Timing is normally done off the engine speed and throttle position.

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  #7  
Old 7 Feb 2006
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I've never experienced engine temperature sensor problems, but i've experienced the 'bad noise' problems as i mentioned - the valve clearances were OK, but on hard acceleration engine did very bad noise and it sure were the valves, not the cam chain or anything mechanical in gearbox etc. So i guess it was from the poinsoned lambda sensor (and/or stuck CAT), engine temperature was OK (5-6 bars), and it also did it only on warm engine, not cold. Also it may be carbon-build up, but sure the timing was seemingly a "bit early" (that what i mean under wrong timing - not that it's notable wrong, but you can sense it's wrong A BIT, but enough to make valves do bad sound on hard acceleration). Anything else i couldn't think of.

So guessing it might be the same problem?

I also rided in very hot conditions (more than +40C in august month in Iran), so this is where i got the temperature idea too, but i think it was very little probability the temperature sensor malfunctioned - it did show from 0 to 6 bars, and on the city it grow till 7 or even 8.

[This message has been edited by Margus (edited 07 February 2006).]
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  #8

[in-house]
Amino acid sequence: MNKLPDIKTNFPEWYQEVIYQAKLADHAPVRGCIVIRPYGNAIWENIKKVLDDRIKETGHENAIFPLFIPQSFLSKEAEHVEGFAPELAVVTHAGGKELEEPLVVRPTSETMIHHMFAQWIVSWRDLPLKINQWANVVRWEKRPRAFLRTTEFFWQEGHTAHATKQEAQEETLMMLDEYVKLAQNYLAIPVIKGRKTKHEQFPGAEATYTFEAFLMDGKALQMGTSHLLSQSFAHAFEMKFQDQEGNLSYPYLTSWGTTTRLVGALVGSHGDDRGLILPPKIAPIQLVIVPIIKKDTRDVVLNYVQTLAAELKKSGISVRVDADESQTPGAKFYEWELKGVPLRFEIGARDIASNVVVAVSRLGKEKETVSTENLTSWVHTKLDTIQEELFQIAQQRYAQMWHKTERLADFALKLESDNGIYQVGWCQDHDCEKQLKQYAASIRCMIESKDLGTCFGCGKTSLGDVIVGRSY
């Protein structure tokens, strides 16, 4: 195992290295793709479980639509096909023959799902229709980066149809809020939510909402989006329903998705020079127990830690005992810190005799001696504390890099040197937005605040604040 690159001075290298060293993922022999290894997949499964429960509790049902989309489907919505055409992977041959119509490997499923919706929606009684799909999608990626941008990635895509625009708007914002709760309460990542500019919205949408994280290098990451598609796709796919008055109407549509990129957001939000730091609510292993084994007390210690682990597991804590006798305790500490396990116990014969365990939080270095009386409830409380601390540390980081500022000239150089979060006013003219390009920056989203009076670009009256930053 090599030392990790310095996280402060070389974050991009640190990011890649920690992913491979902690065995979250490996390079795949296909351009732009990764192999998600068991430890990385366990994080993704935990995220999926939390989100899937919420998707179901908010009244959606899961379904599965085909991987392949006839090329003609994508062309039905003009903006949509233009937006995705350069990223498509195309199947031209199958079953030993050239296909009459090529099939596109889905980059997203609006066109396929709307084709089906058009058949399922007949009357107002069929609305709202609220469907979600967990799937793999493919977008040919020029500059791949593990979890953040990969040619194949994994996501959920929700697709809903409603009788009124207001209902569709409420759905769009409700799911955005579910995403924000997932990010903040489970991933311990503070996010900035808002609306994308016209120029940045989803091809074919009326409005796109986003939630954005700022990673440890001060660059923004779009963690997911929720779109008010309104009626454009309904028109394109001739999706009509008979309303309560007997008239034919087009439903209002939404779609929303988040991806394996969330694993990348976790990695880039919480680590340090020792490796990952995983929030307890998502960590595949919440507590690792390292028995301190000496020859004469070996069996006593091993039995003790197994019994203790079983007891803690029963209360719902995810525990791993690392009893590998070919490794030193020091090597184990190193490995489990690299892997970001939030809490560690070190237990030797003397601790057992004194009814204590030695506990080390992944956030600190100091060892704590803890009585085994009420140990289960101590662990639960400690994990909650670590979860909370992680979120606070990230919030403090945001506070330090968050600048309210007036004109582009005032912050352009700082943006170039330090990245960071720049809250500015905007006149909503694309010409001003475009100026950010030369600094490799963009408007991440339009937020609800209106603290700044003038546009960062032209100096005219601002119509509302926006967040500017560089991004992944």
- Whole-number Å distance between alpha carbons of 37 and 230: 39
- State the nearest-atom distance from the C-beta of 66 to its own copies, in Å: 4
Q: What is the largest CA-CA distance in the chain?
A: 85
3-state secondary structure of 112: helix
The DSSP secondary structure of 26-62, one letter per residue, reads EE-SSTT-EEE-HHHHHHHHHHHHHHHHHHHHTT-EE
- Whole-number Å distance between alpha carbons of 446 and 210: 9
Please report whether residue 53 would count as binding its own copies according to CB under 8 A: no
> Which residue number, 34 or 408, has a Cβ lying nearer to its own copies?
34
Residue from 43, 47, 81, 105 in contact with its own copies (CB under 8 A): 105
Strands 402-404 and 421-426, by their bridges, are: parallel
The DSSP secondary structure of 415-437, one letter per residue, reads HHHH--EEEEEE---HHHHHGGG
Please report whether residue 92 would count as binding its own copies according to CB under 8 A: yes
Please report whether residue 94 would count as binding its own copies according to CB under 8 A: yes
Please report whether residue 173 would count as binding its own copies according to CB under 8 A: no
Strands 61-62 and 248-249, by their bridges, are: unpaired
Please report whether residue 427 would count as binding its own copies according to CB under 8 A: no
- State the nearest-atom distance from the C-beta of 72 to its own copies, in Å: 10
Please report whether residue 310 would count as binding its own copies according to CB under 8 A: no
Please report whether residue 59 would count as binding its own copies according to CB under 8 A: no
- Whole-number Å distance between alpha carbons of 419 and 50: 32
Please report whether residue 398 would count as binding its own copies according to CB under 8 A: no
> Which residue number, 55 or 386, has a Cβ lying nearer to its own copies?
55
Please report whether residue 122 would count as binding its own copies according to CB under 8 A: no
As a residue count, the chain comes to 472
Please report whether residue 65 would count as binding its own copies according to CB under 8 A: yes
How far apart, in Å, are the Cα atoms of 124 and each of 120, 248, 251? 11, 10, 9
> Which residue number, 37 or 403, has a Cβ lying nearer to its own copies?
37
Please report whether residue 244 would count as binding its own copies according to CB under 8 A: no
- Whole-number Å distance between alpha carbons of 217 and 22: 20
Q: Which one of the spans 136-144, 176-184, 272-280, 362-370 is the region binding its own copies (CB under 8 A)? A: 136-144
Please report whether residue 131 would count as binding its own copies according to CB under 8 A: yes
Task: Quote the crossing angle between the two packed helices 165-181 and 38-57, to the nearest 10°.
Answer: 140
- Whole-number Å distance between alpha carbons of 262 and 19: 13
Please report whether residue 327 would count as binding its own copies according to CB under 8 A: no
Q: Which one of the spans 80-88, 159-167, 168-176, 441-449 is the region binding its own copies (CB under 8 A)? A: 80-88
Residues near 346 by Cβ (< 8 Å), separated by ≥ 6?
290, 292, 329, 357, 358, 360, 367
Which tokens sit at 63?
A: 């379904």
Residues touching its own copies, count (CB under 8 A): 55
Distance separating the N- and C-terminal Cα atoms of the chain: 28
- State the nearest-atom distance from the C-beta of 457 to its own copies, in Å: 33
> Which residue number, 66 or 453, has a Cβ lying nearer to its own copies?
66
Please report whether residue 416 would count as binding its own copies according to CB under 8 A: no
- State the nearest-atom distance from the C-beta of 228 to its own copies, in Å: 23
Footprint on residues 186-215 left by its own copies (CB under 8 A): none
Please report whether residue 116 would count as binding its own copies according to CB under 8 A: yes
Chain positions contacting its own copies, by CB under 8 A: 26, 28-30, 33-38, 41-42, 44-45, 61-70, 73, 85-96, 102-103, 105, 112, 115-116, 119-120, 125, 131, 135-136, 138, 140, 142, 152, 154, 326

Old 7 Feb 2006
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The cairo BMW car dealer mentioned above was v helpful when i did my tour of the world's BMW dealerships between 1999 and 2002. I recall the chief mechanic was bike qualified too.

I had some parts posted to them and they paid the courier the import tax that was owing. I paid them back, of course, but this did save a huge amount of time dealing with Egypt customs.

HTH and good luck,
Chris

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  #9  
Old 7 Feb 2006
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Greetings all...just wanted to thank everyone for the helpful information....i checked valve clearance as soon as the problem developed, they were slightly off but no impreovement after adjustment...the Beemer dealer here no longer services bikes but he refered me to the Yam dealer who used to do Beemers...he reckons i have a con rod problem and need to get the bike to a proper dealer for service as no parts are available in egypt :-( looks like i'll be shipping the bike to turkey or kuwait....their is a dealer in tel aviv but parts are taxed @ 300% which makes repair too expensive...thanks again for the kind replies...Rock On!
Quote:
Originally posted by weebs: